Historical Markers
Susquehanna University Historical Marker
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Susquehanna University

Valleys of the Susquehanna


Marker Location:
U.S. 522. .5 mile W of old U.S. 11 and 15, Selinsgrove

Dedication Date:
June 17, 1948

Behind the Marker

Exterior and grounds. Students standing on the rooftop
Missionary Institute of the Evangelical Lutheran Church, Sellinsgrove, PA, 1863.
Surveying the small crowded assembled that crisp autumn day in November 1859, the dedication-day speaker raised his eyes heavenward. "You are to be educated, as well as we of the sterner sex," he said with a glance toward the young women before him, "for the great mission of practical life." Though institutionally separate from the all-male Missionary Institute, the women of the Susquehanna Female College shared the Institute's mission of joining faith and practical knowledge in the spread of American-style Lutheranism throughout Central Pennsylvania.
Commencement, Missionary Institute Class of 1891.
Commencement, Missionary Institute, Selinsgrove, PA, Class of 1891

The establishment of Selinsgrove's Missionary Institute of the Evangelical Lutheran Church and its sister institution the Susquehanna Female College was the direct outgrowth of contentious church politics on the eve of the Civil War. In the fading glimmer of the Second Great Awakening's evangelical enthusiasms, the new schools were also part of the gradual democratizing trend in American higher education.

As early as 1856, the Rev. Benjamin Kurtz and other supporters of the new-styled American Lutheranism, as their movement was called, advocated the creation of a missionary school to train working-class young men for church work in the West. Their decision reflected significant divisions within the denomination and invited criticism from more conservative or "old school" Lutherans at Gettysburg Theological Seminary. At the same time, there was an equally important movement to establish a woman's college to serve central Pennsylvania.
Exterior and grounds
Lutheran Theological Seminary Buildings, Gettysburg, PA, circa 1900.

Two years of disagreement over the proposed site was settled with the May 1858 decision to locate the all-male Missionary Institute in Selinsgrove, where the local Trinity Lutheran congregation gave strong financial and material support to the enterprise. By November, the cornerstone was laid for a new building, Selinsgrove Hall. A year later a similar dedication ceremony opened the nearby Susquehanna Female College. Though nominally separate institutions with different clientele, from the start these two institutions shared a cooperative relationship.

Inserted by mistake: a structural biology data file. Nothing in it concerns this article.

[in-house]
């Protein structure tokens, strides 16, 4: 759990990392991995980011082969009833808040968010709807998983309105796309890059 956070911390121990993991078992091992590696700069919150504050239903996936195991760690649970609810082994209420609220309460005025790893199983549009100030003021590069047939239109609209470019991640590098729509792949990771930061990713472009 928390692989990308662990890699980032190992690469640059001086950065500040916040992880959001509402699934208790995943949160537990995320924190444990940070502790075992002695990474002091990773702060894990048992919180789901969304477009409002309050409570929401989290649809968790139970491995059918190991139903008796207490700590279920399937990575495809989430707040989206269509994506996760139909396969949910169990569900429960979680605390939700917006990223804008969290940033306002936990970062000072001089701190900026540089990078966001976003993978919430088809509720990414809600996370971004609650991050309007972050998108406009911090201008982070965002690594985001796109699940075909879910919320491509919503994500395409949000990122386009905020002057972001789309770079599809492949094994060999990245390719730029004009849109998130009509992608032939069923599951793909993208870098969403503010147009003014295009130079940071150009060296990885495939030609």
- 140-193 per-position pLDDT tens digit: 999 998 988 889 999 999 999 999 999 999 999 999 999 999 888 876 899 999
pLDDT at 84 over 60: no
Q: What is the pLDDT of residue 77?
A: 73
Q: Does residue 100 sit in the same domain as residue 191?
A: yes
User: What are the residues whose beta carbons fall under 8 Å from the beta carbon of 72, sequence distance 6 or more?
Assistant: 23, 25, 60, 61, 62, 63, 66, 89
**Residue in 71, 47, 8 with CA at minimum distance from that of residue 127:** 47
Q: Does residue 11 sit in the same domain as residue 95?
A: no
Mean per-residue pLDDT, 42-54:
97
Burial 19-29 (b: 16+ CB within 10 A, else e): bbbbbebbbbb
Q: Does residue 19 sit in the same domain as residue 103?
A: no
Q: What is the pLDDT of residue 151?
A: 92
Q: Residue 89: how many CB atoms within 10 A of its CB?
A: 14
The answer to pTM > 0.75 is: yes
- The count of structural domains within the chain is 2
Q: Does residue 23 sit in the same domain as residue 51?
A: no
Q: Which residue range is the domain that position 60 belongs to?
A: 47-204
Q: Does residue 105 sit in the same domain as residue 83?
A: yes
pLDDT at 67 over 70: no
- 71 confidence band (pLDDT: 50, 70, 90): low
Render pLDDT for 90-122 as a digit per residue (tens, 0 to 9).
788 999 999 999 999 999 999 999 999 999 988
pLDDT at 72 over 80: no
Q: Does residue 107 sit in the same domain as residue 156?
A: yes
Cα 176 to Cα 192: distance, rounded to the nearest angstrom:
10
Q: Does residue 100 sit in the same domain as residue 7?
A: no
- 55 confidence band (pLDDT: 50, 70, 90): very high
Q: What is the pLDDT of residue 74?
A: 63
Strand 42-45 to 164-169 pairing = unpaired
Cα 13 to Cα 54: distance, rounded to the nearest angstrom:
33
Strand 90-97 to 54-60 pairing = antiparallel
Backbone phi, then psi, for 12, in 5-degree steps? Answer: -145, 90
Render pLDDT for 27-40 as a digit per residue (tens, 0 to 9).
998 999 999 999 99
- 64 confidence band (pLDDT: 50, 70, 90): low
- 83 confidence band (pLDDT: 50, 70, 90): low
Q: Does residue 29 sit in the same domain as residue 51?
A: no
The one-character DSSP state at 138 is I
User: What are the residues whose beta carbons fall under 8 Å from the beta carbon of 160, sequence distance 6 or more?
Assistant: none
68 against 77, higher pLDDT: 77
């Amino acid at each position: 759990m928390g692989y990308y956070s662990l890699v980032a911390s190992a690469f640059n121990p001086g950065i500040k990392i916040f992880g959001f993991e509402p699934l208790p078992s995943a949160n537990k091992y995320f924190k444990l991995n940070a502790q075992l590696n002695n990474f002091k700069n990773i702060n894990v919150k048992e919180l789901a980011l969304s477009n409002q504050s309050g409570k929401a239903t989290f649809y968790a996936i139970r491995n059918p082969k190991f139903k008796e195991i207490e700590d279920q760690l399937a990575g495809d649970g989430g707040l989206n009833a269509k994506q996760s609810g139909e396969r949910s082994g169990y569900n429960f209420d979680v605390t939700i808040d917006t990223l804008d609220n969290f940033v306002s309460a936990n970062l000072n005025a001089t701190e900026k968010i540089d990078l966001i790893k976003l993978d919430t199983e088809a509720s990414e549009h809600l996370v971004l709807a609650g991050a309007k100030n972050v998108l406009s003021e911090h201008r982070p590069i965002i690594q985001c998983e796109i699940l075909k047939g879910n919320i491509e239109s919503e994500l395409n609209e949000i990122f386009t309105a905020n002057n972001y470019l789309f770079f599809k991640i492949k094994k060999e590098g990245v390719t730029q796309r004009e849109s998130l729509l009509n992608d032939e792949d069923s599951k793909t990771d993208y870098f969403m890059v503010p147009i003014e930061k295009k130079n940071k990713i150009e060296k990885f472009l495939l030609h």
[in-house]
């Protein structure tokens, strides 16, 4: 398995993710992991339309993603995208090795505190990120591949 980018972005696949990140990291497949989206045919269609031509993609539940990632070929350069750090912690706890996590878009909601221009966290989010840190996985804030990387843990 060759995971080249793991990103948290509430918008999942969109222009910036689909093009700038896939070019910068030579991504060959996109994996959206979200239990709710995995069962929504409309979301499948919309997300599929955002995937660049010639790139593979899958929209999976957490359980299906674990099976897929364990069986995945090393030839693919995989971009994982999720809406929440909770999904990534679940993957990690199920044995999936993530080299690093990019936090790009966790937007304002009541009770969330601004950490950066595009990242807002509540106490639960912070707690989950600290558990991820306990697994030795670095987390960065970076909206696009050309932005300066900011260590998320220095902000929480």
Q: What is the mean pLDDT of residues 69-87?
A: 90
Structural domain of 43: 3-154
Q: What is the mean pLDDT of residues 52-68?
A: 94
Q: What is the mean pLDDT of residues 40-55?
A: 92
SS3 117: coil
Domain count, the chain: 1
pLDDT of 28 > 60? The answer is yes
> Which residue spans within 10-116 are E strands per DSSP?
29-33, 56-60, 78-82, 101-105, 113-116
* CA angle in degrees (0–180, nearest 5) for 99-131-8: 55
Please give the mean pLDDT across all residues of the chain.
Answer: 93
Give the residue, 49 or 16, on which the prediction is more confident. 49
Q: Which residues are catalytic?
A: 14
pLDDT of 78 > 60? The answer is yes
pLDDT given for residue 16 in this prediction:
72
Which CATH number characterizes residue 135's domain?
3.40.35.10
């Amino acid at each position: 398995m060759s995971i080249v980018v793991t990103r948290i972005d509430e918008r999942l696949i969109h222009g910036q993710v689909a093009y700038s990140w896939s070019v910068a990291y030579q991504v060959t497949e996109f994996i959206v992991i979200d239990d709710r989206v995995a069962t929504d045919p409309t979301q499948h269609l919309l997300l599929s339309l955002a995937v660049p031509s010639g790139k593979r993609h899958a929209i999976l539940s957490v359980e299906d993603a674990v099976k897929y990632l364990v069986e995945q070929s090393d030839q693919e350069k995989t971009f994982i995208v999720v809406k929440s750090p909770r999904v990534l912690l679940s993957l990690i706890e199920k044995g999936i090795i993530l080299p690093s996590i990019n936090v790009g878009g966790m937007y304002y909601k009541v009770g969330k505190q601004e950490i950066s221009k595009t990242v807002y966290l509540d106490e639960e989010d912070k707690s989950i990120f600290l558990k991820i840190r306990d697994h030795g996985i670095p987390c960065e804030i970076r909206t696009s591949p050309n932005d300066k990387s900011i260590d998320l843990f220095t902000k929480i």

Like many new "colleges," both the Missionary Institute and Susquehanna Female College struggled under the weight of enormous financial liabilities. Divisions within the Lutheran Church and the lingering effects of a national economic depression added further strain. And the impending crisis of disunion created unstable enrollments just as the schools opened.

Men exercising in gym.
Physical education class, Alumni Gymnasium, Susquehanna College, Selinsgrove,...
From the Institute's opening session, the liberal arts-oriented Classical Department was much more popular than the Theological Department, which trained Lutheran ministers. Of the 110 men who trained at the Institute at the start of the Civil War, nearly 90 percent enrolled in the Classical Department and received an education in the humanities, arts and sciences. Only twenty-one students enrolled in the Theology Department for ministerial preparation. The ninety women in the Female College pursued a Classical course in Algebra, History, Literature and Composition, Physical Geography, and the Sciences.

Lower than projected enrollments and continued financial insolvency were continuous problems at the Female College. Bowing to what seemed inevitable, the trustees closed the college in 1872. Embracing the new trend in coeducation, Institute benefactors agreed to the then novel principle of educating both sexes under the same roof. This led, in the long run, to a change a name in 1895 that better reflected the predominantly secular mission of the institution: Susquehanna University.
Exterior, front facade, neo-classical style.  Red brick, trimmed with limestone, with large Corinthian columns supporting the front porch.
Seibert Memorial Hall, Susquehanna University, Selinsgrove, PA, circa 2004.

In the 1890s, a series of educational reforms transformed the curriculum, further distinguishing the liberal arts core from the less popular ministerial track. Academic diversification included new departments and course offerings, and a popular "normal" or teacher-training program. By the 1920s, Susquehanna University had completed the second of two major physical expansions, and laid out the modern college campus. By then, the separate Susquehanna Female College was just a faint memory, and a more ecumenical atmosphere had replaced the strong ministerial identity of the early Institute.

With nearly 2,000 students currently enrolled in four academic divisions or colleges, Susquehanna University today retains its strong identification with the community of Selinsgrove and its formal ties with the Evangelical Lutheran Church. Eighty percent of the study body reside in campus housing. The 220-acre Georgian-styled campus is listed on the National Register of Historic Places.
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